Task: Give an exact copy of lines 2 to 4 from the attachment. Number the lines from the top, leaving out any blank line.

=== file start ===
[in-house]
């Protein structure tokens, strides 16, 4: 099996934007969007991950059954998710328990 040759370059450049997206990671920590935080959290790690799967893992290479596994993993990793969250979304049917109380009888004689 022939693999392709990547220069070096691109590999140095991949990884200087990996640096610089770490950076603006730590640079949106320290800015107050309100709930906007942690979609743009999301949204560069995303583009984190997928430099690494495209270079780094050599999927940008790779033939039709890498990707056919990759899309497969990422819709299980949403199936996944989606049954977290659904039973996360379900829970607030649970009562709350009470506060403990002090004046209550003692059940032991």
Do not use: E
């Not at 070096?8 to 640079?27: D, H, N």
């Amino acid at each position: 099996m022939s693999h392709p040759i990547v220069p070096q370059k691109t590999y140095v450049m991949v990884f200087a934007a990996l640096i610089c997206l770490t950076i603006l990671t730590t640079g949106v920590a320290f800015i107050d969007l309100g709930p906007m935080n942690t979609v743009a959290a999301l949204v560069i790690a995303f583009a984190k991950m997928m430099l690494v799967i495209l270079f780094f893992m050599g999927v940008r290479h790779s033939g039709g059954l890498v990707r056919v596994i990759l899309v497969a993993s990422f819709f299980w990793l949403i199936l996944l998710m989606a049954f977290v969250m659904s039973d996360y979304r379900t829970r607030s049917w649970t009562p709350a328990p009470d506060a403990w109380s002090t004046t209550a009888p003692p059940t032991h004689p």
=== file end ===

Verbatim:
């Protein structure tokens, strides 16, 4: 099996934007969007991950059954998710328990 040759370059450049997206990671920590935080959290790690799967893992290479596994993993990793969250979304049917109380009888004689 022939693999392709990547220069070096691109590999140095991949990884200087990996640096610089770490950076603006730590640079949106320290800015107050309100709930906007942690979609743009999301949204560069995303583009984190997928430099690494495209270079780094050599999927940008790779033939039709890498990707056919990759899309497969990422819709299980949403199936996944989606049954977290659904039973996360379900829970607030649970009562709350009470506060403990002090004046209550003692059940032991």
Do not use: E
């Not at 070096?8 to 640079?27: D, H, N």